United States District Court, E.D. New York
MEMORANDUM & ORDER
WILLIAM F. KUNTZ, II UNITED STATES DIS/RICT JUDGE.
September 1, 2016, the defendant, Michael Charlton, pleaded
guilty to one count of Importation of Cocaine in violation of
21 U.S.C. § 952(a) and 21 U.S.C. 960(a)(1). The Court
now sentences the defendant and provides a complete statement
of reasons pursuant to 18 U.S.C. § 3553(c)(2) of those
factors set forth by Congress and the President and contained
in 18 U.S.C. § 3553(a). For the reasons discussed below,
the defendant is hereby sentenced to 12 months and 1 day
incarceration and a $100.00 special assessment.
April 9, 2016, the United States filed a Complaint against
Michael Charlton ("Defendant") alleging Defendant
had unlawfully imported cocaine, a Schedule II controlled
substance, into the United States. Compl. at 1, ECF No. 1.
The subsequent Indictment, filed on April 25, 2016, charged
Defendant with two counts: (1) Importation of Cocaine in
violation of 21 U.S.C. § 952(a) and 21 U.S.C. §
960(a)(1); and (2) Possession of Cocaine with Intent to
Distribute in violation of 21 U.S.C. § 841(a)(1) and 21
U.S.C. § 841 (b)(1)(C). Indictment at 1, ECF No. 7. On
September 1, 2016, Defendant pleaded guilty to Count One of
the Indictment pursuant to a Plea Agreement. See
Plea Agreement, ECF No. 17.
Court hereby sentences Defendant and sets forth its reasons
for Defendant's sentence using the rubric of the 18
U.S.C. § 3553(a) factors pursuant to 18 U.S.C. §
U.S.C. § 3553 outlines the procedures for imposing a
sentence in a criminal case. If and when a district court
chooses to impose a sentence outside of the Sentencing
Guidelines range, the court "shall state in open court
the reasons for its imposition of the particular sentence,
and ... the specific reason for the imposition of a sentence
different from that described" in the Guidelines. 18
U.S.C. § 3553(c)(2). The court must also "state
with specificity" its reasons for so departing "in
a statement of reasons form." Id.
sentencing court's written statement of reasons shall be
a simple, fact-specific statement explaining why the
guidelines range did not account for a specific factor or
factors under § 3553(a)." United States v.
Davis, 08-CR-332, 2010 WL 1221709, at *1 (E.D.N.Y. Mar.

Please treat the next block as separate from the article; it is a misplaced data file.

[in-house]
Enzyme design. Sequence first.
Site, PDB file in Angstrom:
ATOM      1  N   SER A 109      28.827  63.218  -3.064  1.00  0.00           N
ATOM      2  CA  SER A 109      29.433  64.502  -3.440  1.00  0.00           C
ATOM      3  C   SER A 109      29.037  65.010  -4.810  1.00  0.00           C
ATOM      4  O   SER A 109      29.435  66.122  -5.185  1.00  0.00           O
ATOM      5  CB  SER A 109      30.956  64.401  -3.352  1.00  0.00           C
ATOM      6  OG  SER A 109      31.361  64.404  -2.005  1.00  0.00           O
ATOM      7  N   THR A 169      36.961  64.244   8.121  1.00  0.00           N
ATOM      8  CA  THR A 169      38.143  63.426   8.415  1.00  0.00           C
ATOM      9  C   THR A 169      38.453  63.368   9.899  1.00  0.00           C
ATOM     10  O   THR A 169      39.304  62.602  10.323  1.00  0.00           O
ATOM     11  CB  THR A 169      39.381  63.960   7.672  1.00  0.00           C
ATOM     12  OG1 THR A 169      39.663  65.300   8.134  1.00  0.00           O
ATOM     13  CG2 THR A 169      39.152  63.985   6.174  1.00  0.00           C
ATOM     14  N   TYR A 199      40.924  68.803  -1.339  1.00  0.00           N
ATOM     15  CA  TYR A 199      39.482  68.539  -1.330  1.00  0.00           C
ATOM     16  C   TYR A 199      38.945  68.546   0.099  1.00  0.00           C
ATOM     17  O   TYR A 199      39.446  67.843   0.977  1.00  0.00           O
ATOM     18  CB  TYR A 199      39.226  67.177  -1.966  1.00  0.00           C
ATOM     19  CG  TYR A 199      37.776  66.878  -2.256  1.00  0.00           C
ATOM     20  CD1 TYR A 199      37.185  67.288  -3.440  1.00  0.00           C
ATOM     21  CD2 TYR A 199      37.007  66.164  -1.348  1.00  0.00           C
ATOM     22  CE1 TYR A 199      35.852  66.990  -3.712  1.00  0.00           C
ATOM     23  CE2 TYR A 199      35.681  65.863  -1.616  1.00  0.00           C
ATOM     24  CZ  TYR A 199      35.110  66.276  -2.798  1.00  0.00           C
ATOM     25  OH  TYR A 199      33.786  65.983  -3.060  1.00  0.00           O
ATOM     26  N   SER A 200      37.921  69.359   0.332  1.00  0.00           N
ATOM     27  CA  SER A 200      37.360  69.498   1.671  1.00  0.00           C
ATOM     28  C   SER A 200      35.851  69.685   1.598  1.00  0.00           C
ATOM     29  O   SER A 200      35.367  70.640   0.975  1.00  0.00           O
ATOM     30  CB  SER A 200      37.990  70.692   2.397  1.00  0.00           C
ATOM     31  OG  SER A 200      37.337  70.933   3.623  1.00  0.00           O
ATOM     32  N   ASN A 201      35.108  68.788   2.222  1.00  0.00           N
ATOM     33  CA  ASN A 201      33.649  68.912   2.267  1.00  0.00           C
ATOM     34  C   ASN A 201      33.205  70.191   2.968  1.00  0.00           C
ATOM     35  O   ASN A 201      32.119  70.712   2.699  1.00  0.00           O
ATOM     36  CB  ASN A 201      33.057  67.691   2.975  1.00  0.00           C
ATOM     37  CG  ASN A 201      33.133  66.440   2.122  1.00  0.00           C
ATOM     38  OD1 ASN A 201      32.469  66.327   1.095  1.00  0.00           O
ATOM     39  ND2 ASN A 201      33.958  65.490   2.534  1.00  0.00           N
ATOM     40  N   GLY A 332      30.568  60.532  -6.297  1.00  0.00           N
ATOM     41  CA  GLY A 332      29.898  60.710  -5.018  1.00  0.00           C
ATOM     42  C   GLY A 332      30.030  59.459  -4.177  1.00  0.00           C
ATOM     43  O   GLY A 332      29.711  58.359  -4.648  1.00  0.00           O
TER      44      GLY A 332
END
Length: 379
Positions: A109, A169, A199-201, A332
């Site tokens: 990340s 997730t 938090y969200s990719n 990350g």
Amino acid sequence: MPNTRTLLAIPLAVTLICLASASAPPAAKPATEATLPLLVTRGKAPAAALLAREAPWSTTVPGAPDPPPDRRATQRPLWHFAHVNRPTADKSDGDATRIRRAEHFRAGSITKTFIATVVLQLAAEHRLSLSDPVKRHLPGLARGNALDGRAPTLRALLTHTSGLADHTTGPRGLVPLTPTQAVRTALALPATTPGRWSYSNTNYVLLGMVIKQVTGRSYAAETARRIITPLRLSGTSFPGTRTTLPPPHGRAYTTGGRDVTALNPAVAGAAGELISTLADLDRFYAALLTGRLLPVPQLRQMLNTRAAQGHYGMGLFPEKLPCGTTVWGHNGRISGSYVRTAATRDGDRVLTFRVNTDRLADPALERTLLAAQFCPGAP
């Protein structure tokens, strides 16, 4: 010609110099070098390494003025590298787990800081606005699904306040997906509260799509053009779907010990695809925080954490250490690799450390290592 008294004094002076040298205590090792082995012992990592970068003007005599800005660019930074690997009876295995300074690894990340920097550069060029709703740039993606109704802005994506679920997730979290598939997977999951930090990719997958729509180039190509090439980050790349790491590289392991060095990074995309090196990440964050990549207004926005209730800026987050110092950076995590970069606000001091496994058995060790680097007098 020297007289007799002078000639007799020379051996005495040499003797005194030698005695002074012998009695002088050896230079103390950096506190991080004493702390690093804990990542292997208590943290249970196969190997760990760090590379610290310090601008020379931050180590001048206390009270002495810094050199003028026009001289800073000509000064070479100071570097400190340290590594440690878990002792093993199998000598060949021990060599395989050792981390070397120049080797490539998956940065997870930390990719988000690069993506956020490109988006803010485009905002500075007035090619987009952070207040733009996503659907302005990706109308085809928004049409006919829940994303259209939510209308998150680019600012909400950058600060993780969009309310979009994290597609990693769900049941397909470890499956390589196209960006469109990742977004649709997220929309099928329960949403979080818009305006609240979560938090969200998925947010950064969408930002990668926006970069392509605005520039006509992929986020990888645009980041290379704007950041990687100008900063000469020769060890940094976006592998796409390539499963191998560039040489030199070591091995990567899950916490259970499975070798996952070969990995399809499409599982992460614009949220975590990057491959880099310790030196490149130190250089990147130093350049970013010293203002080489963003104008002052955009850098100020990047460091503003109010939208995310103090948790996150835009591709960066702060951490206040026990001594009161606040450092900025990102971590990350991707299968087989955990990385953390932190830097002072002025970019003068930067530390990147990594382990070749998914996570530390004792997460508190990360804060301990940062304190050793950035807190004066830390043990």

29, 2010) (Weinstein, J.). Section 3553(a) provides a set of
seven factors for the Court to consider in determining what
sentence to impose on a criminal defendant. The Court
addresses each in turn.
Factor One: The Nature and Circumstances of the Offense and
the History and Characteristics of the Defendant
first § 3553(a) factor requires the Court to evaluate
"the nature and circumstances of the offense and the
history and characteristics of the defendant." 18 U.S.C.
was born in Kingston, Jamaica, on December 10, 1997, to
Norman Charlton and Jacquelyn Bailey. Presentence
Investigation Report ("PSR") ¶ 27, ECF No. 18.
Defendant's parents were never married, and he was raised
primarily by his mother, a schoolteacher. Id.
¶¶ 27, 29. Ms. Bailey has financially supported
Defendant for his entire life, including by paying to treat
his asthma, which he developed at age four. Id.
¶¶ 29, 32, 38. Between February 2010 and January
2011, both of Defendant's grandfathers passed away and
Defendant's father was killed in a gas explosion.
Id. ¶ 27; see also Bailey Support
Letter at 1, ECF No. 19-1. Shortly thereafter, Defendant
began to exhibit anger management issues. PSR ¶ 33. Ms.
Bailey invested in individual talk therapy with a counselor,
but the treatment did little to help Defendant. Id.
The situation grew worse in 2012, when Defendant began high
school at Kingston College in Jamaica. Id. ¶
37. He fell in "with the wrong crowd, " which
prompted Ms. Bailey to arrange for his transfer to Highdel
High School in September 2014. Id. In January 2015,
Ms. Bailey arranged for Defendant to transfer a second time,
to Linton Academy, for the same reason. Id.
Defendant's behavioral issues persisted, and he began to
smoke marijuana on a weekly basis. Id. ¶ 36.
Later that year, he sustained a collapsed lung after being
stabbed in the back during a fight. Id. ¶ 34.
Defendant nevertheless avoided disciplinary problems while in
school and as of his arrest date, he was in good academic
standing and on schedule to take his high school exit
examinations in May 2016. Id. ¶ 37.
April 8, 2016, Defendant was arrested at John F. Kennedy
International Airport ("JFK") in Queens, New York.
Id. ¶¶ 2, 37. Defendant's cousin,
Gavin Seaton, had arranged for Defendant to transport a
suitcase containing cocaine from Jamaica to the United
States. Id. ¶ 4. Defendant had received a
suitcase and $700.00 from two men in Jamaica, who instructed
Defendant to get a haircut and a shave and fly to JFK, where
he would meet Mr. Seaton and deliver the suitcase to an
address in Brooklyn, New York. Id. Defendant was
told he would be paid between $3, 000.00 and $4, 000.00, in
total, for completing the transaction. Id. When
Defendant arrived at JFK, however, he was selected for an
enforcement examination by U.S. Customs and Border Protection
("CBP") officers. Id. ¶ 2. After